Welcome to donduk. A refuge for those who enjoy Deal or No Deal, the hit Channel 4 gameshow hosted by Noel Edmonds. The award winning gameshow Deal or No Deal has become a big hit for Channel 4 and marks a sensational return to our screens of Noel Edmonds.

Deal or No Deal is enjoyed my millions of viewers daily, where the contestants battle with The Banker to try and win a jackpot of £250,000. Here at donduk you will find full daily reports of each show, as well Deal or No Deal news and specials. Deal or No Deal although initially appearing very simple in format of just opening a few boxes for the chance to win some big money prizes, actually has some potentially complex decisions to be made at points throughout the show, the contestants occasionally try complex or simple gameplay in an attempt to give them an edge in beating the Banker.

Wednesday, March 29, 2006

Aaron won £25,000

The opening credits, Noel giving the standard phrase just like Captain Kirk annoucing his log, finally Edmonds look into the camera, pauses, raises an eyebrow,''...or no deal?'.

Noel asked why was DOND definitely not a game show?
There were no qustions or answers except one.
No points on a scoreboard
No long legged nubile hostes flirting outrageously with the host (at least not on the UK version Noel, have a chat with Howie Mandell - US Version - maybe he will lend you a couple?)

Finally Aaron got the call, he's been there almost as long as Lucy, but with a much lower profile. He is a bookmaker, an online poker player, he understands the odds. He was open to a deal, and he had just made the banker very clear on Aaron's ability to understand what was the right price. It is also clear from his entries on this blog that Aaron understands game playing.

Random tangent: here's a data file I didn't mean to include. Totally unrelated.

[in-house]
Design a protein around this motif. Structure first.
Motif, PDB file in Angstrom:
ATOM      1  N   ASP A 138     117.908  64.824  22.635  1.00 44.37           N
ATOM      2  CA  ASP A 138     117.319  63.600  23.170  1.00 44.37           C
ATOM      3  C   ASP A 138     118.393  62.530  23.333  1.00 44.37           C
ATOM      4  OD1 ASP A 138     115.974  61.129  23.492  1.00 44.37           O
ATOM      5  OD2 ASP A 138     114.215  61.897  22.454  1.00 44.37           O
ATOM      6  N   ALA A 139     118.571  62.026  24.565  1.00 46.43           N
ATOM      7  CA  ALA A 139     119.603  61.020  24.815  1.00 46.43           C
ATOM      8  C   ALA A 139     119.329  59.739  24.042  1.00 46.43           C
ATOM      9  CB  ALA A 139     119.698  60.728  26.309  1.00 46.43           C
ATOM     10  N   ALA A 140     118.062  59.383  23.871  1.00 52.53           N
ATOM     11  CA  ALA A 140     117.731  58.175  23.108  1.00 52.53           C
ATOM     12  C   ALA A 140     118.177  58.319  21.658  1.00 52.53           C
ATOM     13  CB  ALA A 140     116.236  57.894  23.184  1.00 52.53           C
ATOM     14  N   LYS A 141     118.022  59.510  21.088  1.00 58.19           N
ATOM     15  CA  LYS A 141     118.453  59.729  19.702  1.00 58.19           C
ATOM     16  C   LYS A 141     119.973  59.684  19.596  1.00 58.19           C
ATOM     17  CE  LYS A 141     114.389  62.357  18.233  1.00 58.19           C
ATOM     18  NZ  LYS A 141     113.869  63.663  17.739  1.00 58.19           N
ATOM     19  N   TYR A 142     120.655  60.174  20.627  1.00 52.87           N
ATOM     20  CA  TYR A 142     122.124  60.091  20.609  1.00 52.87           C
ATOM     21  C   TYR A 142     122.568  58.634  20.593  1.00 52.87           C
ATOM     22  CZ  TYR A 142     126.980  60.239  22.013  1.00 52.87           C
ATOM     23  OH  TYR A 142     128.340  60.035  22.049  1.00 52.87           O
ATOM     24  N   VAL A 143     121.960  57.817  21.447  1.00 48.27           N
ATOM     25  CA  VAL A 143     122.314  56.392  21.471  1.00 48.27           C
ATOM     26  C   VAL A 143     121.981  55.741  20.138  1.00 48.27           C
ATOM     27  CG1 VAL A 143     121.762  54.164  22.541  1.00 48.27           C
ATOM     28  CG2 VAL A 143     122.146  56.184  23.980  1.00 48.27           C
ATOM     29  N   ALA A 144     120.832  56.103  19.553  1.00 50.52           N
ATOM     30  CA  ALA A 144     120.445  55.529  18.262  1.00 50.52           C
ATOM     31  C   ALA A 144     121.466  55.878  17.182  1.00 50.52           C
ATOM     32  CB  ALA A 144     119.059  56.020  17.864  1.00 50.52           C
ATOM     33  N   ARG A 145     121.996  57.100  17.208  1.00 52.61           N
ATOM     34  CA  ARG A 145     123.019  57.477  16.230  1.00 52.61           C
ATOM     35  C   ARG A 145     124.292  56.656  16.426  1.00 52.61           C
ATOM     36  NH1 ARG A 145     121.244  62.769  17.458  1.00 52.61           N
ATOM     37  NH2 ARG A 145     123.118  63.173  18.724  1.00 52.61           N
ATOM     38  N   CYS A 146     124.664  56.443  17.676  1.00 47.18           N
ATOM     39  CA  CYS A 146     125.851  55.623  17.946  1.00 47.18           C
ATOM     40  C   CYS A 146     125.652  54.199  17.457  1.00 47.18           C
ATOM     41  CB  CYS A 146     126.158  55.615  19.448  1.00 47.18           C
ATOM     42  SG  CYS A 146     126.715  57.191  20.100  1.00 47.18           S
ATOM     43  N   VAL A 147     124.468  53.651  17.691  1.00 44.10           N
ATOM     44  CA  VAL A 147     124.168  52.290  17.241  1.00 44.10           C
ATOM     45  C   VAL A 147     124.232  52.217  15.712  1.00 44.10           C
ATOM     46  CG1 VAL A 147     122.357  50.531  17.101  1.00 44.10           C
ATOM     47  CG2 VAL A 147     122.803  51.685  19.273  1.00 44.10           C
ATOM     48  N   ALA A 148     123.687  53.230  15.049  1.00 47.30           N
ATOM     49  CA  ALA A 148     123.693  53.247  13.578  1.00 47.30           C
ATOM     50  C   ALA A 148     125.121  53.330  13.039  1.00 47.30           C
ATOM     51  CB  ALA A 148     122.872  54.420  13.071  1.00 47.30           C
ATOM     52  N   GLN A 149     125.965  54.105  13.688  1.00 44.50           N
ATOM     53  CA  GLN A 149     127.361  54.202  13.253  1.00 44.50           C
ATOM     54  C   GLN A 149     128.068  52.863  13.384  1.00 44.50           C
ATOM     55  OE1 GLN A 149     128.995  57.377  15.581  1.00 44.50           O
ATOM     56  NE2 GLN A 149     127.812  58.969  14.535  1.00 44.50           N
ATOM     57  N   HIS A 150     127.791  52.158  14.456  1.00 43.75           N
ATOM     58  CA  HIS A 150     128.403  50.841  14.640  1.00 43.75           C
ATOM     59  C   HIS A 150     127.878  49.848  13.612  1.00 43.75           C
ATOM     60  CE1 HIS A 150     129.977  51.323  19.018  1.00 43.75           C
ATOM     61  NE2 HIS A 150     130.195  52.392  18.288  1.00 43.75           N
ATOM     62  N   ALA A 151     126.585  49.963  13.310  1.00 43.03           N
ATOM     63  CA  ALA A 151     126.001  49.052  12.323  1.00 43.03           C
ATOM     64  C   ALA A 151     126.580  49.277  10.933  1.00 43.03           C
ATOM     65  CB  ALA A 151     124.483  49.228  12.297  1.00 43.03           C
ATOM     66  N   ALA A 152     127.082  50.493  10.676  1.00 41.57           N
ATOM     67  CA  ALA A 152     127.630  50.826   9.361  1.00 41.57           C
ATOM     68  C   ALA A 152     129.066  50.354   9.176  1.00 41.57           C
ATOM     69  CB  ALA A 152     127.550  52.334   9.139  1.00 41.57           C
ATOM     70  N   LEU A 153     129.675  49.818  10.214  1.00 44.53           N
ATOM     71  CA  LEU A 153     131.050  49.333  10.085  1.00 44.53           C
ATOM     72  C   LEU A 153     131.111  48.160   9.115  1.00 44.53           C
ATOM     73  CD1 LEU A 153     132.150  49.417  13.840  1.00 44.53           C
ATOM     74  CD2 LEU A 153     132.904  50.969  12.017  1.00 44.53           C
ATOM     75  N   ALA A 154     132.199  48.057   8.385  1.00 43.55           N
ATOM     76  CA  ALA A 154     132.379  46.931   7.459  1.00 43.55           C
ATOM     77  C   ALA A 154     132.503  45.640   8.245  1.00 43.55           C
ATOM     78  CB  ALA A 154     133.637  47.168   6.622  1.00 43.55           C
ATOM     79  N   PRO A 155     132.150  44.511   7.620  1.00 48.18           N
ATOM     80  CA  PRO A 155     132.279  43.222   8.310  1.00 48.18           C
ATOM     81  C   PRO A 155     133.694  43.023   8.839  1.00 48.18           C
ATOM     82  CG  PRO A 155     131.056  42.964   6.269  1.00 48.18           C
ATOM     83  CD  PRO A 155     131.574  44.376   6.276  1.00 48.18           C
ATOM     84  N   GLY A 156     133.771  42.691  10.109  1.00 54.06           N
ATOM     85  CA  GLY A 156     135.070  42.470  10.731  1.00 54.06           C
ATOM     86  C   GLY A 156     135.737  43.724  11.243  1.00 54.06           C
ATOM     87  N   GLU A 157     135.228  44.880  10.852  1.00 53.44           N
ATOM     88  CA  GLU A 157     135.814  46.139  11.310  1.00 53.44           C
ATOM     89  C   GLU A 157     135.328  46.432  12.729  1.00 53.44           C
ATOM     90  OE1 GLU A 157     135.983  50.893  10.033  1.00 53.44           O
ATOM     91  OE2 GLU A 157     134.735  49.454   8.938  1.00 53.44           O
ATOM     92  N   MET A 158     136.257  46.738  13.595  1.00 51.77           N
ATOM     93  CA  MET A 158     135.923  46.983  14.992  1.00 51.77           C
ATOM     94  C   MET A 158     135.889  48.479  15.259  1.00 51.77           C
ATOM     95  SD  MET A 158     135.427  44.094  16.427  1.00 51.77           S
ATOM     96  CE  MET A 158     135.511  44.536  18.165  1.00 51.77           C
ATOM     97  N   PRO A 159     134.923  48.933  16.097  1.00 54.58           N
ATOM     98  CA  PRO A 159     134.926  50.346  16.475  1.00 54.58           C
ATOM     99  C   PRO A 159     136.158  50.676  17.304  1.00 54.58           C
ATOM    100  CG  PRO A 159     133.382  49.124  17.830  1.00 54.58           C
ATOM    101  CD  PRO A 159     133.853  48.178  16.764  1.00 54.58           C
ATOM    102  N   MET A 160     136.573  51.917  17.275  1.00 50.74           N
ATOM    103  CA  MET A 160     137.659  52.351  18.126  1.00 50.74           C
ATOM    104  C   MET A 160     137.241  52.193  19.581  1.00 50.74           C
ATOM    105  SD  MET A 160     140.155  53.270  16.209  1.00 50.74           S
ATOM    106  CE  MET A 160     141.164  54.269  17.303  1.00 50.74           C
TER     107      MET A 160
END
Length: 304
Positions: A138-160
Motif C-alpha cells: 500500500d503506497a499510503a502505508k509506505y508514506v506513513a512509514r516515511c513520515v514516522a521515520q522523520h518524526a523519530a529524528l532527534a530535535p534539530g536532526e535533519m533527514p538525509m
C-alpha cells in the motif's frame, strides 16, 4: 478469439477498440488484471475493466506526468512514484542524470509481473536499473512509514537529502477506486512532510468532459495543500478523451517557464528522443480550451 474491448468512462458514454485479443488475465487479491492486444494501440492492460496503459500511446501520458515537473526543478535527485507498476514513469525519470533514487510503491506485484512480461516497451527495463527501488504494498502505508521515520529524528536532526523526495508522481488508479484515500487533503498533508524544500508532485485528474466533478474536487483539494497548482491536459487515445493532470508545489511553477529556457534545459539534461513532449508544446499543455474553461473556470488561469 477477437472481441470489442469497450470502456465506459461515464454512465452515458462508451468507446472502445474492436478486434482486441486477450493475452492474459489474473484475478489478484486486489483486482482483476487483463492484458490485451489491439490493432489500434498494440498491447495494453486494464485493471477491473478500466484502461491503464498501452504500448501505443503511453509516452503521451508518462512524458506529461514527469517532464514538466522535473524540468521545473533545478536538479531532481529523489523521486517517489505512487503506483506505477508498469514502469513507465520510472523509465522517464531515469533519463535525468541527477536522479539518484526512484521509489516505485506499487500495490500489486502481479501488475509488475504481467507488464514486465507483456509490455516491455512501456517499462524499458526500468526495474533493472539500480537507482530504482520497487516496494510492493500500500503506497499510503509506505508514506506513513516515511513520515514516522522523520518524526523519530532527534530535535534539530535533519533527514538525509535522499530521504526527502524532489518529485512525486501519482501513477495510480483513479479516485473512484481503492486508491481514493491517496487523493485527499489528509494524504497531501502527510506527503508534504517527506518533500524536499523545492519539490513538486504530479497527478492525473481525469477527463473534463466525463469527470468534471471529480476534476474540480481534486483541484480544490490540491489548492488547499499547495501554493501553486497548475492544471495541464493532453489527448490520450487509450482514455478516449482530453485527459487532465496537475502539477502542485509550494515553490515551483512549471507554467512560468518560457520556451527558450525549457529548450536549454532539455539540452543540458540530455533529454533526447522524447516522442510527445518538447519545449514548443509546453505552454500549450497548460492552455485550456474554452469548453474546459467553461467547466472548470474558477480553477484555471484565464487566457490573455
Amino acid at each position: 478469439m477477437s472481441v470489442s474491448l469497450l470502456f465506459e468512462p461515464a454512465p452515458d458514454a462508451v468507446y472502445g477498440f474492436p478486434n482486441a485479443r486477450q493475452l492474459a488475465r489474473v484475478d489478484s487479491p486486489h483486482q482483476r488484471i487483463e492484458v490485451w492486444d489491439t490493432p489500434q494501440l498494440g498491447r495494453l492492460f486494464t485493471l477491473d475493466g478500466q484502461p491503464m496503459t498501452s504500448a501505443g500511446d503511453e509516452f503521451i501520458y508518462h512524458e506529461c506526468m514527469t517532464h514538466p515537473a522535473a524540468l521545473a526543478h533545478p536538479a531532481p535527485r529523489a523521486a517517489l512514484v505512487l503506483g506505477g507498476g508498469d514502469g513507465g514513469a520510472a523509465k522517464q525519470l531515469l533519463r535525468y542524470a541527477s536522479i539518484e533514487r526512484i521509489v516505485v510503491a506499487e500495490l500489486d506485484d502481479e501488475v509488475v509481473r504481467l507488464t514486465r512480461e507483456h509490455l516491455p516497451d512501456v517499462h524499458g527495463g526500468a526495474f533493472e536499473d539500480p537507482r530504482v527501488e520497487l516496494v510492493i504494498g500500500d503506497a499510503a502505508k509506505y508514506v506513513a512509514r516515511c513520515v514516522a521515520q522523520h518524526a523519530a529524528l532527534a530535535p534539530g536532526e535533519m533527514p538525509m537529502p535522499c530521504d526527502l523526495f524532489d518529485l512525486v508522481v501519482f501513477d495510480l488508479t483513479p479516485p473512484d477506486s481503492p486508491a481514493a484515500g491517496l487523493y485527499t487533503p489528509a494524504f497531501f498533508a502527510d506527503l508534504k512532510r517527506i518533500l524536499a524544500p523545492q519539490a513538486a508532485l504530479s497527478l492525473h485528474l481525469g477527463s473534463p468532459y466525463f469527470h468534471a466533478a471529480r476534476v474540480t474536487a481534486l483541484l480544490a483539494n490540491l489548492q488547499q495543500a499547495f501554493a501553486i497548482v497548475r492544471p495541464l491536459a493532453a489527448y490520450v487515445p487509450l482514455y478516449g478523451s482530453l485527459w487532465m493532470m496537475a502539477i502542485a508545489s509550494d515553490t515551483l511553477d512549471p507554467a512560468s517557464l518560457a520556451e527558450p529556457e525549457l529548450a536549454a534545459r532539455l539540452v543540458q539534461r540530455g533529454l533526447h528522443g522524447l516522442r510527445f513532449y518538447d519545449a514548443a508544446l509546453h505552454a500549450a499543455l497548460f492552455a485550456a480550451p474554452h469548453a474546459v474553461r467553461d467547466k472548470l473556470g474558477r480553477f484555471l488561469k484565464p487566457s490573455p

Again a call for noise from the crowd, Aaron turned to the audience and asked for them to be as loud as possible. This was new territory for Aaron, he did not come across as one of life's extroverts, but he explained that during his time on DOND he had come to appreciate the power of positive thought...Jim came to mind, hopefully there would be no repetition of that maddness.

Round one: A different Jim to start, Aaron picked him to steady Jim's nerves, but Aaron seemed without nerves except when addressing the audience - £100. Julia was next on the basis that the top prize would not be in box 22 two days in a row, he was right - £750. To follow John opened box 17 to give £10. This was shaping up nicely. Noel then gave the kiss of death by pointing out how well it was going, but Pat opened box 20 to show the 1p - which just underlines Aaron's comment on Monday's blog (superstitious nonsense). Fadil was last in the round and a historic milestone was finally passed, the first all blue Round One - it was £50. The banker called this his 'unfolding nightmare', and asked to speak to the player. Aaron referred to the banker as 'Sir', always a good move that. The opening offer had to be the highest ever, it turned out to be £6000 higher than any previous opening offer - £15,000. Aaron pretended to think about it but he took milli-seconds to make the calculation - no deal.

Round two: box 3 by Massimo - £500, another blue. Lucy opened 10p, people were beginning to laugh hysterically, including Aaron - seven blues in a row. Aaron brought everyone back to reality 'the next box could be the £250,000 and undo all the good work'. Kirsty was going to be next, but not until after the break. The board now was a massive red column, with 4 blues on the other side. Kirsty on the return opened £10,000. Noel was at least as excited as Aaron should have been. The banker rang and rang before eventually being answered, Noel then taunting him as if there was nothing to fear. The second offer was £30,000, this was a brave new world - Aaron surely had to think. The average was £40,000, so - he asked the crowd 'would any of you deal?'. Noel tackled an impoverished student - 'would you really deal at this point'. Aaron tried to be rational, but the board was puling him, there was no way he was going to deal, even though his girlfriend pointed out that there were only 4 reds above the offer. From yesterday's game we know that Aaron would gamble when a lot of others might 'deal'